A.C. FAILING: Prof’s college only for Toffs.

Philosopher’s college faces embarrassment as majority of places go to private school kids.

A C Grayling access new college of humanities outreach student fees

Attempts to establish a new private college to rival Oxbridge have hit a major stumbling block as it has emerged that a whopping 66% of offers have gone to privately educated pupils.

The New College of the Humanities, which is set to open its doors in September, charges £18,000 a year and claims only to admit “gifted” undergrads. But its seems they need to be gifted and rich.

The figures released on Friday make a mockery of the claims of the self-appointed master, A.C. Grayling. He said he would look for “very bright people across the board”. The school’s staff have visited 130 schools in an outreach programme, but only 21 of those have been in the state sector.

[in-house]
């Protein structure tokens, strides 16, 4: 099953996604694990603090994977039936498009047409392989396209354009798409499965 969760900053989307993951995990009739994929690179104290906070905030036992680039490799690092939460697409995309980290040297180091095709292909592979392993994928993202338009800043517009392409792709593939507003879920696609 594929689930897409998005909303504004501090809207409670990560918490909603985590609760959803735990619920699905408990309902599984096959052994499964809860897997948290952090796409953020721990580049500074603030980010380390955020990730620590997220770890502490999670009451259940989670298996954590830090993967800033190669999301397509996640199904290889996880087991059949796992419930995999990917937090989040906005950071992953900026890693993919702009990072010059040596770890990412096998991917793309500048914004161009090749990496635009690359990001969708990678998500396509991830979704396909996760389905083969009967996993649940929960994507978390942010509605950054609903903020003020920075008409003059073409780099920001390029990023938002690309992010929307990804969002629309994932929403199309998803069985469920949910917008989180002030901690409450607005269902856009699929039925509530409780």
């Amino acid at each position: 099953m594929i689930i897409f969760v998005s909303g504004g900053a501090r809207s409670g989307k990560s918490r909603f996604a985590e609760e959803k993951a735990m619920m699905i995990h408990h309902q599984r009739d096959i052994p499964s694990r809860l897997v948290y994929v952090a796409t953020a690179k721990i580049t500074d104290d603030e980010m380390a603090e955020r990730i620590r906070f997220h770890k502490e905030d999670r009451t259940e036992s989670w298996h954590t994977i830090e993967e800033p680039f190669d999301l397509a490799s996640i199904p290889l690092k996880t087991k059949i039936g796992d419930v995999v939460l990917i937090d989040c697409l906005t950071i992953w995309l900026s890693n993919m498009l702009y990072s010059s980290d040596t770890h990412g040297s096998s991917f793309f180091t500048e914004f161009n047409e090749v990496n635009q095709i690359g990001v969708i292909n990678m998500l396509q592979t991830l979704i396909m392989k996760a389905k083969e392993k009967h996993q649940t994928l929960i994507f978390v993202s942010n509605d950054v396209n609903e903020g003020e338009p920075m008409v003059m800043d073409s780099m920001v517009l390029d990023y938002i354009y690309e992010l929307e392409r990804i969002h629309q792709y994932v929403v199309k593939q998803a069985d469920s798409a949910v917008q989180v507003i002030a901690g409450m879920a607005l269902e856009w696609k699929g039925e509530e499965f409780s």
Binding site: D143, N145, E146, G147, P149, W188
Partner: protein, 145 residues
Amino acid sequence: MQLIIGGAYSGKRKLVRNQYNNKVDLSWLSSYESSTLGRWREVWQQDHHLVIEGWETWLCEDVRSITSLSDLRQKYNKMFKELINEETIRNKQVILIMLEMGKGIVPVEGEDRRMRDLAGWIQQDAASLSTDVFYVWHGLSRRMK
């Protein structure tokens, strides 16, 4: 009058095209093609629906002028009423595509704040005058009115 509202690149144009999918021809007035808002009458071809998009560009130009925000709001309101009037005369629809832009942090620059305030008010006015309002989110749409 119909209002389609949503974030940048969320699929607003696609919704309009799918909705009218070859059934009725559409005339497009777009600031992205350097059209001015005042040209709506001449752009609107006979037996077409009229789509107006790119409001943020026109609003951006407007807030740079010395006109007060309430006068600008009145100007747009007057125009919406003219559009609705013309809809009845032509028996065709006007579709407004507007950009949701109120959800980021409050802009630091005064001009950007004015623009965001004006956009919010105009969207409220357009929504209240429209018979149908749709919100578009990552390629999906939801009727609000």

Grayling’s for-profit college, which is not allowed full university status, is deliberately targeted at potential Oxbridge candidates. But Grayling’s “elite institution” seems to have missed the mark spectacularly.

Interviewed by The Tab in June, Grayling said “the key aspect of this has to be accessibility”, but with a cool 18 grand fee up front and only 7 full scholarships on offer, the philosopher’s money-maker surely has no chance of competing with its Cambridge ‘rival’.

Nearly 60% of Cambridge offers go to applicants from state schools, and the university spends over £2.7 million on outreach programmes each year as well as each college having its own outreach programme.

Cambridge students don’t seem to take the college very seriously. Sidney 2nd year Katie Estdale told The Tab that “it seems like a bit of a joke. The whole point of the place was to be an accessible alternative to Oxbridge, but it costs more and has no proper outreach.”

The figures come as a further blow to the college after it emerged earlier this month that one if its much-vaunted ‘celebrity’ professors, geneticist Steve Jones pulled out of the project after he found out how much it would cost students.